After a couple of peep-filled days spent emerging from its shell, a new chick joined the Oregon Zoo’s Humboldt penguin colony yesterday morning.
“The hatching went just the way it’s supposed to,” said Travis Koons, who oversees the zoo’s bird population. “The chick appears to be healthy and active, and its parents are caring for it well.”
The young penguin began “pipping” (when a chick’s beak breaks through the membrane of its shell) on Friday, and emerged early Monday morning. Humboldt penguins typically hatch 40 days after eggs are laid, and it takes two or three days from internal pip for the chicks to fully emerge from the shell, according to Koons.
The fluffy, pint-sized new arrival — which is small enough to fit in the palm of your hand — is the 191st Humboldt chick to hatch at the zoo since it began breeding the threatened species in the 1980s.
It will be nearly as tall as its parents by the summer, but easy to tell apart by its plumage: Young Humboldts are grayish-brown all over and don’t develop their distinctive black-and-white tuxedo markings for a couple years.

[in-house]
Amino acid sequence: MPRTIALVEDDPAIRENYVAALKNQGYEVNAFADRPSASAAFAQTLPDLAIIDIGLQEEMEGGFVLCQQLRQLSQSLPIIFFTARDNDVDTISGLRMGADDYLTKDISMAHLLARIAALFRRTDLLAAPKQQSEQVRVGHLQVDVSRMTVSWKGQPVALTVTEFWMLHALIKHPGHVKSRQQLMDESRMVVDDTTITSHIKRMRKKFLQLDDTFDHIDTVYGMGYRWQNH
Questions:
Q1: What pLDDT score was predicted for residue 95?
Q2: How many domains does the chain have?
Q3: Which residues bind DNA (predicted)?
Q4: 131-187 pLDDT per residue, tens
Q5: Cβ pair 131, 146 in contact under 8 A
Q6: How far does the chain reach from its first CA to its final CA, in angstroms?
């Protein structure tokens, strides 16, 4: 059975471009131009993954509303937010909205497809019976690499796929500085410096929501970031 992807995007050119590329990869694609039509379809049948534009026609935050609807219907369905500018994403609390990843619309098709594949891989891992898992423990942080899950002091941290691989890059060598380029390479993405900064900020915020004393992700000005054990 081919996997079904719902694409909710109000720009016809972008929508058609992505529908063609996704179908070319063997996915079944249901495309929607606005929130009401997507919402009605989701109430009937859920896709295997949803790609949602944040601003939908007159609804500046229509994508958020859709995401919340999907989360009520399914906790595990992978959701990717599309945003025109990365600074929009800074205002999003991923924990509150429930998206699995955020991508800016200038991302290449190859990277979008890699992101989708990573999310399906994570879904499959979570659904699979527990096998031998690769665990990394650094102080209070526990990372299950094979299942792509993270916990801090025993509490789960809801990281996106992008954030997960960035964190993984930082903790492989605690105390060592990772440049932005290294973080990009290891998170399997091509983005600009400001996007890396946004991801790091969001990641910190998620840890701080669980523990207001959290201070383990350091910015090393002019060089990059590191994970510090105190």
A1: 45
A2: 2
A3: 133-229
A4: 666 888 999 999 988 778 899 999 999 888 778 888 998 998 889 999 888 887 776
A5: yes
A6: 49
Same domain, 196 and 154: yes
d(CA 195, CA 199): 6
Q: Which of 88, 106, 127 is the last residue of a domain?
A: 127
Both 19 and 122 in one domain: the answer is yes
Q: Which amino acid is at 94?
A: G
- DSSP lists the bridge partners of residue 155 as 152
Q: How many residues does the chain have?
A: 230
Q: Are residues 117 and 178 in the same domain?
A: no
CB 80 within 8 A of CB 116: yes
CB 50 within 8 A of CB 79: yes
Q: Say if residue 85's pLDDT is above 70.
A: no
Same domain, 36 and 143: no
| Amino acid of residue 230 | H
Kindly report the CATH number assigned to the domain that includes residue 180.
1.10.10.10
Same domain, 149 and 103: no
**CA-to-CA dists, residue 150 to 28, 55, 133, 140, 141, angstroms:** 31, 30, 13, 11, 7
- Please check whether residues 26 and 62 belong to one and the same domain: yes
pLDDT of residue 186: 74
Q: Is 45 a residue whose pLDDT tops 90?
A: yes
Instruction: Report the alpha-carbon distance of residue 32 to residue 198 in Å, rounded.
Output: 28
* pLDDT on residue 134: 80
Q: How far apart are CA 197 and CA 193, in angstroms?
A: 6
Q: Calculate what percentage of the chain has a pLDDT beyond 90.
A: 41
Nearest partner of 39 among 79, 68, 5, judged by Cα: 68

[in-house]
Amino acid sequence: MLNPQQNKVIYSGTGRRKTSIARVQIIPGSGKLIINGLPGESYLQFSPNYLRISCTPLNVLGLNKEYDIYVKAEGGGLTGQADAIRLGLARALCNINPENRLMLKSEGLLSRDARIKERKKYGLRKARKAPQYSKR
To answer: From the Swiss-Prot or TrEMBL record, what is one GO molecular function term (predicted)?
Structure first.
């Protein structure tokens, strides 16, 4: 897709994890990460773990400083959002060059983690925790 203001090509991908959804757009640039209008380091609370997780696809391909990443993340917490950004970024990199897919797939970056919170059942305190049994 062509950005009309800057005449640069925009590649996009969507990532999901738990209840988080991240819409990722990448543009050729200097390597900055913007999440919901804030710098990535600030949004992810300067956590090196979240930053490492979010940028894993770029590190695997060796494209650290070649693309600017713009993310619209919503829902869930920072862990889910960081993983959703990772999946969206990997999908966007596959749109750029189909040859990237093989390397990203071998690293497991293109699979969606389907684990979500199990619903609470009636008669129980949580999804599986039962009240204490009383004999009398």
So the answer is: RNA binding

Once it’s waddling and swimming on its own, the chick will begin to explore the rugged terrain of the zoo’s Penguinarium, which simulates the endangered birds’ native habitat along the rocky coast of Chile and Peru. Until then, Koons says, the young bird will be keeping cozy inside its nest box, growing strong on a diet of regurgitated “fish smoothie” provided by its devoted parents.
Once they fledge, at around 3 months old, young penguins can swim right away — no lessons needed — and visitors should have good views of these sleek sea birds darting through the clear waters of the zoo’s Penguinarium. In 2012, the zoo completed an upgrade of the Penguinarium’s water-filtration system, one of many improvements funded by the community-supported 2008 zoo bond measure aimed at protecting animal health and safety while conserving and recycling water. The upgrade saves millions of gallons each year.
Humboldt penguins, which live along the South American coastline off of Peru and Chile, are classified as “vulnerable” by the International Union for Conservation of Nature, and in 2010 were granted protection under the U.S. Endangered Species Act. Of the world’s 17 penguin species, Humboldts are among the most at risk, threatened by overfishing of their prey species, entanglement in fishing nets, and breeding disruption due to commercial removal of the guano deposits where the penguins lay their eggs. Their population is estimated at 12,000 breeding pairs.
Source: Oregon Zoo